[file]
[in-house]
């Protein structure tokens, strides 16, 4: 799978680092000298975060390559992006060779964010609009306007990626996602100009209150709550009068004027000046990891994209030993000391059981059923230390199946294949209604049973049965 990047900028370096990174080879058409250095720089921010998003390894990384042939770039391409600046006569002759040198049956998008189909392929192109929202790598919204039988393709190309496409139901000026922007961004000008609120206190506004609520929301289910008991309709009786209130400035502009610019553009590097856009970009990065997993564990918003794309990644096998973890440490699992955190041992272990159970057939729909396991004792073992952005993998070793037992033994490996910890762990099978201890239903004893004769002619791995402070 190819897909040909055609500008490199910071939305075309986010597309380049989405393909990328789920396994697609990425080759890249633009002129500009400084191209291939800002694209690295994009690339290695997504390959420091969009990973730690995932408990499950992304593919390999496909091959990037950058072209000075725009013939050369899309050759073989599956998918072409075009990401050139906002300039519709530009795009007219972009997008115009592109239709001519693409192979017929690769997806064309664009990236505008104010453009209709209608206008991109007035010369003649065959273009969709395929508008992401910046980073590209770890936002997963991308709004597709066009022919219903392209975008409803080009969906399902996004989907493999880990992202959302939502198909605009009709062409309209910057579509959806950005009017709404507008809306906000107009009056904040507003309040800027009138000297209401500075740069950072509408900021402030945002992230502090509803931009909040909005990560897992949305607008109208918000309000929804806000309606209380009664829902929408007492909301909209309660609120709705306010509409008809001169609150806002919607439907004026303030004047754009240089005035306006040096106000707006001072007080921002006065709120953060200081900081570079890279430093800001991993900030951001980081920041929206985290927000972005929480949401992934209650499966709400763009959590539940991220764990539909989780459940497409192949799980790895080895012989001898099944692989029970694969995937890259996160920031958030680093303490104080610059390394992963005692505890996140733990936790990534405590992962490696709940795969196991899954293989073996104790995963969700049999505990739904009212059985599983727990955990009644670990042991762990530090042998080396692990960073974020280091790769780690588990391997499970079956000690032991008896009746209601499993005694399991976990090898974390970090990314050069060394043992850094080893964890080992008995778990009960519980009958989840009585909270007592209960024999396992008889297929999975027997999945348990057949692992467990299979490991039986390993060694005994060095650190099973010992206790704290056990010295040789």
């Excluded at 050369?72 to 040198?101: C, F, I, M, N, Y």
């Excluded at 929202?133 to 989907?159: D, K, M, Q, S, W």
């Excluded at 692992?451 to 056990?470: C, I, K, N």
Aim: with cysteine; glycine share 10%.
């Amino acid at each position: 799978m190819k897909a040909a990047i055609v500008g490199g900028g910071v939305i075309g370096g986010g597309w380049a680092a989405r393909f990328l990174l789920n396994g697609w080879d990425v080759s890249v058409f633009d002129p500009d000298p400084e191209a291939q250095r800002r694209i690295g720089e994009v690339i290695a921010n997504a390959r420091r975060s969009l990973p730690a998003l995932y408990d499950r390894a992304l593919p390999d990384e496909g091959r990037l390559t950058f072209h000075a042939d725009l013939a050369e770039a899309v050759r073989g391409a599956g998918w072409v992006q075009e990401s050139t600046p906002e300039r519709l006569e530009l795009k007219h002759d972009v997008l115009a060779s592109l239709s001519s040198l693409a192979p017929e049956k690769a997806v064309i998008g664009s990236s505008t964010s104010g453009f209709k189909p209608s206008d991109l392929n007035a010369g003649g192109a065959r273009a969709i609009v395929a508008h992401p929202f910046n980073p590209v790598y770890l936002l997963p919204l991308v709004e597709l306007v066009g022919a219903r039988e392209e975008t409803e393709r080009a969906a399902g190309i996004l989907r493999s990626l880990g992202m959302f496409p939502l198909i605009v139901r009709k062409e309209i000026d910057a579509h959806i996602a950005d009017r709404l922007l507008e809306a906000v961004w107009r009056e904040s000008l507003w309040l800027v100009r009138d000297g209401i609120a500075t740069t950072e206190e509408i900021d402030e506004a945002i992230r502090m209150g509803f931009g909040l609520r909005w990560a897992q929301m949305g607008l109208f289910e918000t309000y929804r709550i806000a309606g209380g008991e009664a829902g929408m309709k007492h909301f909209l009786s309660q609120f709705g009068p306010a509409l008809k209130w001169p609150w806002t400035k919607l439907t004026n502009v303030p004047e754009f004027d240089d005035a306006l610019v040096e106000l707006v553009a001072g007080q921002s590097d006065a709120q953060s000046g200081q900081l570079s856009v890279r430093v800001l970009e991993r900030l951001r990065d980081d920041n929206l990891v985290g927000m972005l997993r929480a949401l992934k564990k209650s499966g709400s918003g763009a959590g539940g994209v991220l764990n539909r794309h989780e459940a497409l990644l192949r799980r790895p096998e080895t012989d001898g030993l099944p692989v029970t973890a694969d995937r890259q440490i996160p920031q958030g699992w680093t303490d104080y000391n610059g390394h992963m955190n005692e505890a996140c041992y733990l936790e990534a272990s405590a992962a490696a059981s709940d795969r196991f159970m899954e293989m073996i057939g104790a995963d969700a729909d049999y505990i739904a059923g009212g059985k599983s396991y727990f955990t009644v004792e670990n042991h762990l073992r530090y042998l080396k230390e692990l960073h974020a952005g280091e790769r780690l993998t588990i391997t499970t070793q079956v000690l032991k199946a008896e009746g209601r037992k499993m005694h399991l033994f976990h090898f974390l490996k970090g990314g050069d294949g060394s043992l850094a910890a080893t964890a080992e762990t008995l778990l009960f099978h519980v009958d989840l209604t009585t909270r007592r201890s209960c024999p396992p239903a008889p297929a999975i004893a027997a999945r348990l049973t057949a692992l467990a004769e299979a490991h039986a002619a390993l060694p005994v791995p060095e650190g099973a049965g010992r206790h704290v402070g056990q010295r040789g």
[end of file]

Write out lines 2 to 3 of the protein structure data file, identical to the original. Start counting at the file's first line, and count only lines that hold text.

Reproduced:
């Protein structure tokens, strides 16, 4: 799978680092000298975060390559992006060779964010609009306007990626996602100009209150709550009068004027000046990891994209030993000391059981059923230390199946294949209604049973049965 990047900028370096990174080879058409250095720089921010998003390894990384042939770039391409600046006569002759040198049956998008189909392929192109929202790598919204039988393709190309496409139901000026922007961004000008609120206190506004609520929301289910008991309709009786209130400035502009610019553009590097856009970009990065997993564990918003794309990644096998973890440490699992955190041992272990159970057939729909396991004792073992952005993998070793037992033994490996910890762990099978201890239903004893004769002619791995402070 190819897909040909055609500008490199910071939305075309986010597309380049989405393909990328789920396994697609990425080759890249633009002129500009400084191209291939800002694209690295994009690339290695997504390959420091969009990973730690995932408990499950992304593919390999496909091959990037950058072209000075725009013939050369899309050759073989599956998918072409075009990401050139906002300039519709530009795009007219972009997008115009592109239709001519693409192979017929690769997806064309664009990236505008104010453009209709209608206008991109007035010369003649065959273009969709395929508008992401910046980073590209770890936002997963991308709004597709066009022919219903392209975008409803080009969906399902996004989907493999880990992202959302939502198909605009009709062409309209910057579509959806950005009017709404507008809306906000107009009056904040507003309040800027009138000297209401500075740069950072509408900021402030945002992230502090509803931009909040909005990560897992949305607008109208918000309000929804806000309606209380009664829902929408007492909301909209309660609120709705306010509409008809001169609150806002919607439907004026303030004047754009240089005035306006040096106000707006001072007080921002006065709120953060200081900081570079890279430093800001991993900030951001980081920041929206985290927000972005929480949401992934209650499966709400763009959590539940991220764990539909989780459940497409192949799980790895080895012989001898099944692989029970694969995937890259996160920031958030680093303490104080610059390394992963005692505890996140733990936790990534405590992962490696709940795969196991899954293989073996104790995963969700049999505990739904009212059985599983727990955990009644670990042991762990530090042998080396692990960073974020280091790769780690588990391997499970079956000690032991008896009746209601499993005694399991976990090898974390970090990314050069060394043992850094080893964890080992008995778990009960519980009958989840009585909270007592209960024999396992008889297929999975027997999945348990057949692992467990299979490991039986390993060694005994060095650190099973010992206790704290056990010295040789």
């Excluded at 050369?72 to 040198?101: C, F, I, M, N, Y």